Ian King (Bloomberg) -- Barefoot Networks Inc., a rare semiconductor startup, said a new version of its networking chip will help its effort to shake up how computer networks are built and operated. At least one customer, Goldman Sachs Group Inc., is betting it will succeed.
Barefoot makes switch semiconductors that direct the flow of data between computers. Its Tofino 2 chip is faster and uses less power. Like the original, it can be programmed to do different things via an open-source coding language called P4 that Barefoot helped create.
That flexibility makes Barefoot products different from rival networking chips, such as the Tomahawk range from Broadcom Inc. The startup argues the technology will bring the networking sector up to speed with the innovation sweeping through other areas of computing. Backers include Google and Tencent Holdings Ltd.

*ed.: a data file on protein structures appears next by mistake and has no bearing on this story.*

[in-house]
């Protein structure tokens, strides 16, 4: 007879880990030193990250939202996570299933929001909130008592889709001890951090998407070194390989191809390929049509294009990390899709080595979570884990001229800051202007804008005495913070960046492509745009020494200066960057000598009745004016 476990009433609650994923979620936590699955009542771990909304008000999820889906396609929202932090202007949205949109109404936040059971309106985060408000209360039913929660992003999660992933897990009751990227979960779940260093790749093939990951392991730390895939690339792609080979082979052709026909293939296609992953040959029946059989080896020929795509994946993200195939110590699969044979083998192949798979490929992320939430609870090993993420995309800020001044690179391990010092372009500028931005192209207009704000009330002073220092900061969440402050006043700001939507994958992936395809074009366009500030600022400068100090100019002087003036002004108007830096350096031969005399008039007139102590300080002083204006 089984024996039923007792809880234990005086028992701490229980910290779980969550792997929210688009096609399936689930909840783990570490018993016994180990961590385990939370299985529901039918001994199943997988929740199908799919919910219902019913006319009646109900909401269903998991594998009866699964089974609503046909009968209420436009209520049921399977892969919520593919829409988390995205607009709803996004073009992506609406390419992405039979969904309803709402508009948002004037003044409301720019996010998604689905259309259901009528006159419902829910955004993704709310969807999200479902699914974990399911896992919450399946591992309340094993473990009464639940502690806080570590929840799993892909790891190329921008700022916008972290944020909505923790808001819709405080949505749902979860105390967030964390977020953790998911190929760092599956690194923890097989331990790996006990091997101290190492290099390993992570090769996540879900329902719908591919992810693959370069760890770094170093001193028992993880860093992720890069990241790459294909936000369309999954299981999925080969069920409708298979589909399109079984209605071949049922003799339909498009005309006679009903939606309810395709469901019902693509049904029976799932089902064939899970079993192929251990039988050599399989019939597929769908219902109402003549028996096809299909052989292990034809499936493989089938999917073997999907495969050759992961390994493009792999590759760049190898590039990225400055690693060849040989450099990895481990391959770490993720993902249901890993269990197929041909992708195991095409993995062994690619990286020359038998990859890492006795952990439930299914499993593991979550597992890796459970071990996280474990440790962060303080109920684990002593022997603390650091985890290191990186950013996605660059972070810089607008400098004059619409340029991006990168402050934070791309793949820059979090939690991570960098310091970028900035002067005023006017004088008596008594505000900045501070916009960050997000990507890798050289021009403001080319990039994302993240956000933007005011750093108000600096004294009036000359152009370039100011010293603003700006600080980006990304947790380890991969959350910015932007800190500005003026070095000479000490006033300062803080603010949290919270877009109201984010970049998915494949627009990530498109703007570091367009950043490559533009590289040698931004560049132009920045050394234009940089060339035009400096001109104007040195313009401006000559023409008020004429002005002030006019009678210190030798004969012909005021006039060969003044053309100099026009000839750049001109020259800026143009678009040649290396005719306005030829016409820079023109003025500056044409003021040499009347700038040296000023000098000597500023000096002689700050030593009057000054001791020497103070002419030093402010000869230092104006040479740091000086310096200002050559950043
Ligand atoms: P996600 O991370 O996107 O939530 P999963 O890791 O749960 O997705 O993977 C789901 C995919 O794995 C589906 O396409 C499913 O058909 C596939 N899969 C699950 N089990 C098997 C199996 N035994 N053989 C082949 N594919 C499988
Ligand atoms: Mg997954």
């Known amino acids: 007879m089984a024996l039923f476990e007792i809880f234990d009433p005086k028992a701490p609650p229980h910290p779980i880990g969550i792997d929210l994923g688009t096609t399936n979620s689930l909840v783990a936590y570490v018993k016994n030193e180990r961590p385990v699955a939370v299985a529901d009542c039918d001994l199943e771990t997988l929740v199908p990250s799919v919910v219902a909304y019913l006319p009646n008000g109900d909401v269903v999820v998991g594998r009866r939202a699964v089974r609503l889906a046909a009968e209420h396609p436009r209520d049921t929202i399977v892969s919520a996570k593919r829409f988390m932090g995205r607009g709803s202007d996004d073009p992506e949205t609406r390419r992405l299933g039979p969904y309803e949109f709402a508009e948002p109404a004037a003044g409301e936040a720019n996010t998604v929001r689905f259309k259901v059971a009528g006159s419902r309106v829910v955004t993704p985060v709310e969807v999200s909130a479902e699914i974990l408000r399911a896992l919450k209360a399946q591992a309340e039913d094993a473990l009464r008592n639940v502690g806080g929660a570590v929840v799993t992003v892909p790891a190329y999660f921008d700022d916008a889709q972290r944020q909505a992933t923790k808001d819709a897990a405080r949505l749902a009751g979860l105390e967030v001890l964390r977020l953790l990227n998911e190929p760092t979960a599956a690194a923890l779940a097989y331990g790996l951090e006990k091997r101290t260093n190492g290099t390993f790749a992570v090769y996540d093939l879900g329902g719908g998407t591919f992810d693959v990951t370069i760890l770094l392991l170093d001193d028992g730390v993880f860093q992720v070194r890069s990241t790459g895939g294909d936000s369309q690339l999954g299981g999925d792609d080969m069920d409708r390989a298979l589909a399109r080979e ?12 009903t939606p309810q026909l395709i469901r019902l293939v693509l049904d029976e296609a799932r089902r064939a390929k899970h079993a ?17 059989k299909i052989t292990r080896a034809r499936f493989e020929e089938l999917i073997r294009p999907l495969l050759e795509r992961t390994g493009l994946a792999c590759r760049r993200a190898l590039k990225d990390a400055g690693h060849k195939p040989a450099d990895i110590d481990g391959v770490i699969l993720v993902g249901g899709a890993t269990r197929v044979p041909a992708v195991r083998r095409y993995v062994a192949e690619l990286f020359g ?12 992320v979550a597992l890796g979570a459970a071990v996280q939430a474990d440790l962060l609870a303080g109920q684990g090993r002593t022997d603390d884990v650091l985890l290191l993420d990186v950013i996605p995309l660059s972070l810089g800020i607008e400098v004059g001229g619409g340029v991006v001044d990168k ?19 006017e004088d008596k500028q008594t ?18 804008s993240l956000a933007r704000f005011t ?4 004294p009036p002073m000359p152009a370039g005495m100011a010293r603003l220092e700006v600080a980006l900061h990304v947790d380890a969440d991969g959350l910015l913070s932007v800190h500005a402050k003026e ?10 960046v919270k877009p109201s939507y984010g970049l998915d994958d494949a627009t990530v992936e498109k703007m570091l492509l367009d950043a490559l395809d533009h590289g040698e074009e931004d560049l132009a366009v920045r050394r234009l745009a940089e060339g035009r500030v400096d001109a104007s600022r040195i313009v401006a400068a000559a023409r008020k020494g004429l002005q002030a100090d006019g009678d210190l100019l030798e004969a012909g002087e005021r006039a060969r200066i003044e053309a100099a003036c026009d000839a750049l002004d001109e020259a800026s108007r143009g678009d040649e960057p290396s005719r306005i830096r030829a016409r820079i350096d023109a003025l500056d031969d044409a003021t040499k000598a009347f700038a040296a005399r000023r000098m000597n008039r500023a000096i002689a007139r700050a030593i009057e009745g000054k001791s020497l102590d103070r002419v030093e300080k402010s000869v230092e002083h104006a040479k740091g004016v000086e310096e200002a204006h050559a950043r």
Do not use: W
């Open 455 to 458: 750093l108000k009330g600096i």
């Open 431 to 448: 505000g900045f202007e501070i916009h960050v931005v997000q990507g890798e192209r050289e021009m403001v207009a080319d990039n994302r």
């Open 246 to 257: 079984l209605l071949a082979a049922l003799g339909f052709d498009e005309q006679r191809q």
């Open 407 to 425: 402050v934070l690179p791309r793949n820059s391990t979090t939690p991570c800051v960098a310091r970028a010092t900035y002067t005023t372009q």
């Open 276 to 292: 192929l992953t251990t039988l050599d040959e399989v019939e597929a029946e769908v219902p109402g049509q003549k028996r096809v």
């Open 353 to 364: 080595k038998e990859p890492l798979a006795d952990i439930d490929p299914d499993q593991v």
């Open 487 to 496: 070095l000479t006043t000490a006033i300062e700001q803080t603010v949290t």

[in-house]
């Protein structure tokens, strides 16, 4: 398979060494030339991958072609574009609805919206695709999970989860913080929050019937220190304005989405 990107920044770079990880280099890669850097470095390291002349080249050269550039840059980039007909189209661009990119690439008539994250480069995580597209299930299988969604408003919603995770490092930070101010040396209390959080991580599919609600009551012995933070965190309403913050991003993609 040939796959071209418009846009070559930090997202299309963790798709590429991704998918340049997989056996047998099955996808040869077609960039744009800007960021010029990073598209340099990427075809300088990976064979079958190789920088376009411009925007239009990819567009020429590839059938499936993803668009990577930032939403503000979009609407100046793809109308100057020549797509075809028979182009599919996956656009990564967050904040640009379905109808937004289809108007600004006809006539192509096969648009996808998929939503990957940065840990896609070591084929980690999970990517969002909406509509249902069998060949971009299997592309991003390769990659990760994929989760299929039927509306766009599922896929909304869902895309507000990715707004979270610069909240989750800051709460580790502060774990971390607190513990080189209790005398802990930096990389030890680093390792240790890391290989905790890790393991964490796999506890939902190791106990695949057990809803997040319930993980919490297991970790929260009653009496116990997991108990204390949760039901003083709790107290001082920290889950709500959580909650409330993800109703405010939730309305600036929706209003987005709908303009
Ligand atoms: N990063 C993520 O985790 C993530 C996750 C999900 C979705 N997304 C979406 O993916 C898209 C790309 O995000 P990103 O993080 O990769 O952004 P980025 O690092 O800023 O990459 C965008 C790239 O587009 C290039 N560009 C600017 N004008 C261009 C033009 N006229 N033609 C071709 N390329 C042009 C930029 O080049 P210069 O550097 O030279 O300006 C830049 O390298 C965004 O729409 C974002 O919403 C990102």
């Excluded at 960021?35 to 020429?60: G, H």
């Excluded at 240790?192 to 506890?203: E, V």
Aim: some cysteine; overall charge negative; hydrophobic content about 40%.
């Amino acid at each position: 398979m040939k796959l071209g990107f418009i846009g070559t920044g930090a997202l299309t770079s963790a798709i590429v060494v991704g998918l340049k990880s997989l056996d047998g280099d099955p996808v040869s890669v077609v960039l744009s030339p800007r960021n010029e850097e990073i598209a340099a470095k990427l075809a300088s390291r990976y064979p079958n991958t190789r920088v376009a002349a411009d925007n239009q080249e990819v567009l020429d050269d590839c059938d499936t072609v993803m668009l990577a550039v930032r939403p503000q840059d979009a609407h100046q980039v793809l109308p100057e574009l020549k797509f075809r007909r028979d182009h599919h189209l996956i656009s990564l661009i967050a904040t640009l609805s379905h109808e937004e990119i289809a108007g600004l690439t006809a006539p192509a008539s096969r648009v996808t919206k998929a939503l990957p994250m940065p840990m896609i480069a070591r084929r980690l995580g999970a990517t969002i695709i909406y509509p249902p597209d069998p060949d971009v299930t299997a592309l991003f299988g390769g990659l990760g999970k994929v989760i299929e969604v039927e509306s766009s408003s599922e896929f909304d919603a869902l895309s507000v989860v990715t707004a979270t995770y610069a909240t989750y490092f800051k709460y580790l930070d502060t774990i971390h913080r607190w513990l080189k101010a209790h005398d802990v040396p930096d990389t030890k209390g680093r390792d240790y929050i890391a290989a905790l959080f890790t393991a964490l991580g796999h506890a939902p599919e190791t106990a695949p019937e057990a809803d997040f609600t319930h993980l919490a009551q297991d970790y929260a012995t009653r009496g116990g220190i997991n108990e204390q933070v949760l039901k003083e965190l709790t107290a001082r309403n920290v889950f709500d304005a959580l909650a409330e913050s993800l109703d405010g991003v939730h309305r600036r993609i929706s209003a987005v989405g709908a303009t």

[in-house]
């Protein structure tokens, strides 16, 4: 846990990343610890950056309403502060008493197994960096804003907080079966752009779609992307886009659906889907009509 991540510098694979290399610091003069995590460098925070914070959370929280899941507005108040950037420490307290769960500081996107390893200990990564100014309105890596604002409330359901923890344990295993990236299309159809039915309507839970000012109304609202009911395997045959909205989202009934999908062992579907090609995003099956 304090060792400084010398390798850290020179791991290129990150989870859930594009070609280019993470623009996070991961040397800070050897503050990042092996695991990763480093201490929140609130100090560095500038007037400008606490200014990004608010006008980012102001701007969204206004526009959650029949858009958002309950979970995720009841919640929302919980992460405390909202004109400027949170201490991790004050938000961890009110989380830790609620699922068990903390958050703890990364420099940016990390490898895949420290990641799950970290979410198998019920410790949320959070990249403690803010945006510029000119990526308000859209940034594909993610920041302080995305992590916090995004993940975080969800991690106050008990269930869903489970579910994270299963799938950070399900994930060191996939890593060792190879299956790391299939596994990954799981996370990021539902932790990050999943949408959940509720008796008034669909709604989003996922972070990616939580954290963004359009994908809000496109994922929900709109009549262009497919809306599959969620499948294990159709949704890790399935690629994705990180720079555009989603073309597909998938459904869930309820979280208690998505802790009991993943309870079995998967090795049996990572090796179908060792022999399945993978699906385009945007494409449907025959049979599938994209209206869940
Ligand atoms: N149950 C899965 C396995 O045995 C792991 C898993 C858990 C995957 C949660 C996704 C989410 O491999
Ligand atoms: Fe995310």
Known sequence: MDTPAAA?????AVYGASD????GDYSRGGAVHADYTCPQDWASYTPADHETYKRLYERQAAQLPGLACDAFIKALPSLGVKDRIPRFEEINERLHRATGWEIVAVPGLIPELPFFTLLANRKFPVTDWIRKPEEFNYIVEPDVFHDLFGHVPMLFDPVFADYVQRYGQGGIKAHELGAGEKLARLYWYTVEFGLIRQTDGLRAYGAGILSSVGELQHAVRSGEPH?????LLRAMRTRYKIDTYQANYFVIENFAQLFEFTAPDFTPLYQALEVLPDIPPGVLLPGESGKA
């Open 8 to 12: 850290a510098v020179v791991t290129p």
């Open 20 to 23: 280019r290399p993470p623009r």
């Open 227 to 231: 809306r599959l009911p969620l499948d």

Goldman has used some Barefoot-based networking equipment in some of its data centers. The investment bank plans to increase deployments as more mainstream makers of gear, such as Cisco Systems Inc. and Arista Networks Inc., offer switching machinery using Barefoot technology.
“It’s an elegant solution. It doesn’t solve every problem, and it needs to evolve, but it just keeps improving,” said Josh Matheus, a managing director of technology at Goldman Sachs. “We’re pretty happy with it. I see it proliferating.”
For Goldman, there are multiple advantages in using Barefoot-based networking. The ability to customize the chips, and the P4 language, mean new functions can be added quicker, usually within a couple of months, Matheus said. That compares with waiting more than a year for new versions of standard switch semiconductors to be designed and manufactured.
A key goal for computer network owners is real-time monitoring of information as it flows through their data center equipment. Barefoot chips help with this, making it easier to spot and fix outages and slowdowns. Efficiency and security are also enhanced by seeing what happens to information after it enters a network and before it leaves. These extra insights help Goldman make better products such as improved high-frequency trading, Matheus said.